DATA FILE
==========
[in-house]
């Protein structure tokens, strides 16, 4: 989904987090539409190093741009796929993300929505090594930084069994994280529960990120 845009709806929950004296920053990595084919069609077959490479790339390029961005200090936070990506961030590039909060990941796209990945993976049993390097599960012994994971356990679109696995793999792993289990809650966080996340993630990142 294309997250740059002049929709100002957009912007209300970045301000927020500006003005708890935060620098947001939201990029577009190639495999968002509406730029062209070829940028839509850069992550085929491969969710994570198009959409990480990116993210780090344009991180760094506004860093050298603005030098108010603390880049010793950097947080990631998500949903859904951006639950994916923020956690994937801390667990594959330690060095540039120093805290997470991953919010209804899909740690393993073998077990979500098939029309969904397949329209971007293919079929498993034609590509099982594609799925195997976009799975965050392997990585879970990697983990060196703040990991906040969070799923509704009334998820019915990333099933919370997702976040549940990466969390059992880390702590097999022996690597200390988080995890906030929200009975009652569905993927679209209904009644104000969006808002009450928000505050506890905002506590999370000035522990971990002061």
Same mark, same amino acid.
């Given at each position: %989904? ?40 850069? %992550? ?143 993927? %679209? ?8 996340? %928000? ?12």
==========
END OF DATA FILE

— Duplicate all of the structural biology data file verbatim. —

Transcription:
[in-house]
């Protein structure tokens, strides 16, 4: 989904987090539409190093741009796929993300929505090594930084069994994280529960990120 845009709806929950004296920053990595084919069609077959490479790339390029961005200090936070990506961030590039909060990941796209990945993976049993390097599960012994994971356990679109696995793999792993289990809650966080996340993630990142 294309997250740059002049929709100002957009912007209300970045301000927020500006003005708890935060620098947001939201990029577009190639495999968002509406730029062209070829940028839509850069992550085929491969969710994570198009959409990480990116993210780090344009991180760094506004860093050298603005030098108010603390880049010793950097947080990631998500949903859904951006639950994916923020956690994937801390667990594959330690060095540039120093805290997470991953919010209804899909740690393993073998077990979500098939029309969904397949329209971007293919079929498993034609590509099982594609799925195997976009799975965050392997990585879970990697983990060196703040990991906040969070799923509704009334998820019915990333099933919370997702976040549940990466969390059992880390702590097999022996690597200390988080995890906030929200009975009652569905993927679209209904009644104000969006808002009450928000505050506890905002506590999370000035522990971990002061």
Same mark, same amino acid.
């Given at each position: %989904? ?40 850069? %992550? ?143 993927? %679209? ?8 996340? %928000? ?12």